Emerging Civil War welcomes Doug Ullman, Jr.
James S. Emerson could not have been pleased with how his army career had ended in 1862. Standing at five feet, six inches, he had been one of the early volunteers, enlisting in the Third Maine Infantry less than two weeks after the firing on Fort Sumter. His regiment fought at the First Battle of Bull Run, but had hardly displayed any heroics. The following summer, just as Robert E. Lee’s army attacked the Federals outside of Richmond, Emerson came down with sunstroke that prevented him from participating in the Seven Days’ battles. He was sent to a general hospital in Washington, DC, in August, then to New York City, still suffering from diarrhea, vertigo, and even epilepsy. Following his discharge in December of 1862, one surgeon speculated that it would take one to two years for Emerson to fully recover.
Arriving home sick, Emerson received anything but a hero’s welcome. In fact, according to someone close to him, Emerson’s wife, Lydia, refused to see him and swore to never live with him again. What impact this had on James is unrecorded. However, on January 5, 1864, Emerson enlisted in the First Maine Heavy Artillery.
Like many heavy artillery regiments, the First Maine occupied the defenses of Washington since the earliest days of its service in 1862. In spite of their artillery designation, these men were also trained to operate as infantry, and the war effort eventually needed them in just that capacity. After more than five months of this relative inactivity, Gen. Ulysses S. Grant called for 10,000 of these troops to join the Army of the Potomac, which had been severely bloodied in its weeks of constant combat with Gen. Robert E. Lee’s army. Though they lacked combat experience, the massive size of the heavy artillery regiments—some mustered as many as 1,800 men—would offset their other deficiencies. If Emerson regretted his less than active military career, he would soon have the chance to remedy that situation.
Emerson got his reintroduction to combat on May 19, 1864, when the First Maine and several other heavy artillery regiments met Gen. Richard Ewell’s Confederate corps on the Harris Farm, near Spotsylvania. Lt. Horace Shaw remembered the “vigorous attack…and the stubborn tenacity with which the ‘raw troops,’ as we were called, held on to their ground against Ewell’s whole corps gave the Confederates sudden check and forced them back.” Though often overlooked by historians, the Battle of Harris Farm made a big impression on the Mainers, who lost 579 in the action.
Nearly a month passed before Emerson and his comrades saw serious action again. In the interim, the heavy artillery regiments were distributed amongst the other brigades of the Army of the Potomac. A few took park in the bloody repulse at Cold Harbor on June 3. (By sheer chance, Emerson’s brigade was kept out of that assault.) Following the defeat, Grant still determined to make his way south, this time by assaulting Petersburg, just below Richmond. With Petersburg and its vital railroads in Federal hands, Richmond would fall. However, delays on the Union side had afforded the Confederates ample time to strengthen their defenses and more than enough opportunity to shift troops to meet the threat.
James Emerson probably knew little of this on June 18, 1864, when the 850 men of the First Maine Heavy Artillery formed a line of battle in Prince George Courthouse Road. The Confederate line, bristling with abatis, loomed some five hundred yards ahead. Their regiment—easily the largest in the brigade—was “designated as the center of the storming column.” Its three battalions formed in three lines. The first line’s objective was to clear the obstructions in front of the Confederate works and reach the ditch at the foot of the parapet. The second line would follow, providing covering fire for the men of the first line, then rush in once the obstacles were clear. The third line, Emerson’s likely post, would add its weight to the final push to seize the Rebel line. Their entire division was to advance simultaneously in support. The undertaking seemed impossible to Lieutenant Shaw and many others, “but the First Maine officers and men were soldiers. The first duty of a soldier is obedience to orders.”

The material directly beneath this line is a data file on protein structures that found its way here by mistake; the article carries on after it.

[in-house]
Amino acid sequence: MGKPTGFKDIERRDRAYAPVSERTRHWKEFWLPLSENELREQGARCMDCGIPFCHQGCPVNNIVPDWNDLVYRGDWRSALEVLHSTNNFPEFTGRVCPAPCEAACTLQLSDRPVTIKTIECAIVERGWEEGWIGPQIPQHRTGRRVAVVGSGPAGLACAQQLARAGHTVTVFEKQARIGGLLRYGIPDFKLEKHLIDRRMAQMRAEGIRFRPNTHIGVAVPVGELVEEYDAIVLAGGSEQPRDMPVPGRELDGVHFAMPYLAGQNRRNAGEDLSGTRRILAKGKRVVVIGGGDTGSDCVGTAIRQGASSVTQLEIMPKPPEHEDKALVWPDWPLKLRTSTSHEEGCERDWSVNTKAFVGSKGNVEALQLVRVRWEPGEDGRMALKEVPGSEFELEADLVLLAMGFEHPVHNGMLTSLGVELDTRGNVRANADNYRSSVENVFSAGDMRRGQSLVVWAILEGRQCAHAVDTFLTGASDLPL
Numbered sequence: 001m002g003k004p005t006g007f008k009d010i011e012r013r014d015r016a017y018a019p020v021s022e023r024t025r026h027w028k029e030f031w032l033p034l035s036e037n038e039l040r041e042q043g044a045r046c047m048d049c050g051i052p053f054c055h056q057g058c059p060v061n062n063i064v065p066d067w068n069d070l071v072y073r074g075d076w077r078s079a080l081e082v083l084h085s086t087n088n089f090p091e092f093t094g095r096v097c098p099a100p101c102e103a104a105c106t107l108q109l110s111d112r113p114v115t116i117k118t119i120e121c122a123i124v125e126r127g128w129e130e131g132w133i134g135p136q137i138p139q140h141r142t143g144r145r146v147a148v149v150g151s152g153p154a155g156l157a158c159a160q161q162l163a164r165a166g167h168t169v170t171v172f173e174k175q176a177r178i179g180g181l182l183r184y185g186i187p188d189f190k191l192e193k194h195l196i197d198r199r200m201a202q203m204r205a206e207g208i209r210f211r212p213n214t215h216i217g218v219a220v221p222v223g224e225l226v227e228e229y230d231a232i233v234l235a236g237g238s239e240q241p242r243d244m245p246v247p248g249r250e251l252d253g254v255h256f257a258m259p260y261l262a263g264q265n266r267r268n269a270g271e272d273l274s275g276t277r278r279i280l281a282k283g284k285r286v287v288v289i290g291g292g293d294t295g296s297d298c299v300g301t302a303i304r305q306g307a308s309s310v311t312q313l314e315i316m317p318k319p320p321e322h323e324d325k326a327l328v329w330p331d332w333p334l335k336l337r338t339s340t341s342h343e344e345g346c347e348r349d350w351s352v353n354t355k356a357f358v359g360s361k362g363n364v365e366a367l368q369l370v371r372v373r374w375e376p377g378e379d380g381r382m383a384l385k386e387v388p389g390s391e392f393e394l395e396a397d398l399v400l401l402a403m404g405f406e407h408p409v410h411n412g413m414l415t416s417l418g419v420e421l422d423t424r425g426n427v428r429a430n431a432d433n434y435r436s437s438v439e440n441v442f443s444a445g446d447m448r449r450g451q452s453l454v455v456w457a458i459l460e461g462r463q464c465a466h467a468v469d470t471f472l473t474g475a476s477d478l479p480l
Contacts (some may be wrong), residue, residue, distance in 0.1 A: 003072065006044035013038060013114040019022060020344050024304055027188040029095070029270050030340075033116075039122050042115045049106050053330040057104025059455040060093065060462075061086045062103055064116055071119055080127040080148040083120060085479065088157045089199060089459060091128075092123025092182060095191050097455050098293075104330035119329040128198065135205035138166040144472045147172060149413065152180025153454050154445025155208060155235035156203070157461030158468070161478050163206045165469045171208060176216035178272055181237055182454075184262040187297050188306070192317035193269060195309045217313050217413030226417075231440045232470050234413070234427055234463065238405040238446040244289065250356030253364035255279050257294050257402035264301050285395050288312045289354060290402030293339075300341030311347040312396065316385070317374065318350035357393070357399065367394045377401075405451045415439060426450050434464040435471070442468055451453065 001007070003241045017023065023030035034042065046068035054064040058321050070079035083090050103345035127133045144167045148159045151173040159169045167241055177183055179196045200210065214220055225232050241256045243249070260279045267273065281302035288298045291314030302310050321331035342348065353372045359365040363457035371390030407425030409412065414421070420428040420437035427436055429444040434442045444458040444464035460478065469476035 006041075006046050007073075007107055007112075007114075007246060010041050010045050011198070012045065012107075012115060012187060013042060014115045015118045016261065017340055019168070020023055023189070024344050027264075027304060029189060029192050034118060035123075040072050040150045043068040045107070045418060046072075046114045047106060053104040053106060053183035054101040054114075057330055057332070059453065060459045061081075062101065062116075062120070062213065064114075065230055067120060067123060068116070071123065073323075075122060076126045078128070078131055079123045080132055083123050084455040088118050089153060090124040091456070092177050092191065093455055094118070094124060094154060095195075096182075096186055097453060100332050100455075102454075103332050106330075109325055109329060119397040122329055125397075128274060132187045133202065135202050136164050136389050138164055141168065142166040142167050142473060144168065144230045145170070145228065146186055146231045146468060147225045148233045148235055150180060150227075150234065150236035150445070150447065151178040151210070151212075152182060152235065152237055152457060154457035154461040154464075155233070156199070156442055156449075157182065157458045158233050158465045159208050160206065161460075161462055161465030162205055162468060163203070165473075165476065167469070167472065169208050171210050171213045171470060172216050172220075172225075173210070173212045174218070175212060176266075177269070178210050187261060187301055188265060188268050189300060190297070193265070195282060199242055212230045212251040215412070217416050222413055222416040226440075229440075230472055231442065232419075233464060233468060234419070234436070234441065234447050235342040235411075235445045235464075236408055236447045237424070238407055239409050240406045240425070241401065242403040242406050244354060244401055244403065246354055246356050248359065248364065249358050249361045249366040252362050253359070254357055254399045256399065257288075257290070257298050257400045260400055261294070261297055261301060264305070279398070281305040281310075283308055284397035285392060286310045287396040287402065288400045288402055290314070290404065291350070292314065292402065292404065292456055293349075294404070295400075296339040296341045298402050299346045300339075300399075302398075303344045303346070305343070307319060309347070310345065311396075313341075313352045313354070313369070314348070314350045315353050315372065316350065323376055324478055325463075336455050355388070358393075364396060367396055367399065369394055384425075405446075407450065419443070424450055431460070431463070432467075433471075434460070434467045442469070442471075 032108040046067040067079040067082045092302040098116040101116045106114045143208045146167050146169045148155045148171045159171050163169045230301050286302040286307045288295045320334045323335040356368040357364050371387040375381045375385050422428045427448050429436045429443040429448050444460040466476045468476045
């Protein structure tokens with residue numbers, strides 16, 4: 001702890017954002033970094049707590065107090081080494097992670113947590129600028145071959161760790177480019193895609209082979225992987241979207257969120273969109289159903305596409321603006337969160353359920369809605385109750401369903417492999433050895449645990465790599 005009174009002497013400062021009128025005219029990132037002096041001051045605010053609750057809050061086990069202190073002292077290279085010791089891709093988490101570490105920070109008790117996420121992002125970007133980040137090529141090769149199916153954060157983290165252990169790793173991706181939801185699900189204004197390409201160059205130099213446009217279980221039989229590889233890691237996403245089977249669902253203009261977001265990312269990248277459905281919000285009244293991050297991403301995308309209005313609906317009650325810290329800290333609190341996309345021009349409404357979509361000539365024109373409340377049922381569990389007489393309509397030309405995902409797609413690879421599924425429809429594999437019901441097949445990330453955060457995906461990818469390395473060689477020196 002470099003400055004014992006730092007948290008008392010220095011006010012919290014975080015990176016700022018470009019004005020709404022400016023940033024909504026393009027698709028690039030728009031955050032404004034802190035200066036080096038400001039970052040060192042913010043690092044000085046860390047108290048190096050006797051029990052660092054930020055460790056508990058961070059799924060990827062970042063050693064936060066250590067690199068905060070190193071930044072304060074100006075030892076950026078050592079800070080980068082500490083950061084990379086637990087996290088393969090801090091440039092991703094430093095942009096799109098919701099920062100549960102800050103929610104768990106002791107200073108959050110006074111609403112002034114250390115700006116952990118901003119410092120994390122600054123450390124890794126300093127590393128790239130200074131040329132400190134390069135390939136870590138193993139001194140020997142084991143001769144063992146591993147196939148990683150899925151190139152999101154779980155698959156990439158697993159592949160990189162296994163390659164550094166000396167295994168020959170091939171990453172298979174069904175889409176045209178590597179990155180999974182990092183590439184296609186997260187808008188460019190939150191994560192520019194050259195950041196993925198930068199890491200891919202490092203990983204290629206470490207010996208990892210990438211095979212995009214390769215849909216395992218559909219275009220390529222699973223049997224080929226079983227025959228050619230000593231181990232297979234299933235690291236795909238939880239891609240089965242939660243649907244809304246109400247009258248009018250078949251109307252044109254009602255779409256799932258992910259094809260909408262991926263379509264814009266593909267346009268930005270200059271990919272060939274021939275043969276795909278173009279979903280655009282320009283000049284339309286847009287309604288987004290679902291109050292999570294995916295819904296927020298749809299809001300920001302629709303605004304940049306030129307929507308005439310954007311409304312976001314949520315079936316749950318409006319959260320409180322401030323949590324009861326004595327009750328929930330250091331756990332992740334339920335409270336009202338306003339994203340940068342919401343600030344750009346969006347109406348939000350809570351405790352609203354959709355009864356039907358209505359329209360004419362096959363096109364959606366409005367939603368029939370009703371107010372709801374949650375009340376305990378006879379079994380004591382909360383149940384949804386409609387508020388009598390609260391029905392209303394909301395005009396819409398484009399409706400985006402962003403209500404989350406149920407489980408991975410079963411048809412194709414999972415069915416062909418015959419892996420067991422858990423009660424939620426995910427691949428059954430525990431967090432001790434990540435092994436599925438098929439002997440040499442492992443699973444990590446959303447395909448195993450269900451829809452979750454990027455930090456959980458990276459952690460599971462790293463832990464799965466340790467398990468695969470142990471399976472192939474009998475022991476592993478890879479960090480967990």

At the signal, Emerson and his comrades stepped off with vigor. The other regiments of the brigade—veterans of Fredericksburg, Gettysburg, and the month of battles leading up to that day—advanced too, but intense enemy fire sent them back to the shelter of the road. With their supports running for cover, the Mainers—still advancing amidst the tempest of lead—became the focus of Rebel musketry and artillery. “The earth was literally torn up with iron and lead,” wrote Shaw. “The field became a burning seething, crashing, hissing hell…So in ten minutes those who were not slaughtered had returned to the road or were lying prostrate upon that awful field of carnage.”
Among the prostrate was James Emerson, who had fallen with wounds to the left arm, right thigh, chest, penis, testicles, and buttocks. He was fortunate enough to be brought off the field alive; his arm was amputated at a field hospital the following day. He was subsequently sent to Campbell Hospital in Washington City where his other wounds were treated and additional amputations made. None of these measures were successful, however, and James S. Emerson died on June 30, 1864, at the age of 30.
James Emerson is buried in Section 13 of Arlington National Cemetery. His grave marker lists his date of death as June 18, 1864, the day he received his fatal wounds at Petersburg.
Doug Ullman, Jr. has written numerous pieces for America Battlefield Trust and frequently contributed to their Civil War in4 and War Department series. He is a graduate of New York University’s Steinhardt School.
James S. Emerson Pension File, WC #37846, National Archives Building, Washington, DC; Shaw, Horace, The First Maine Heavy Artillery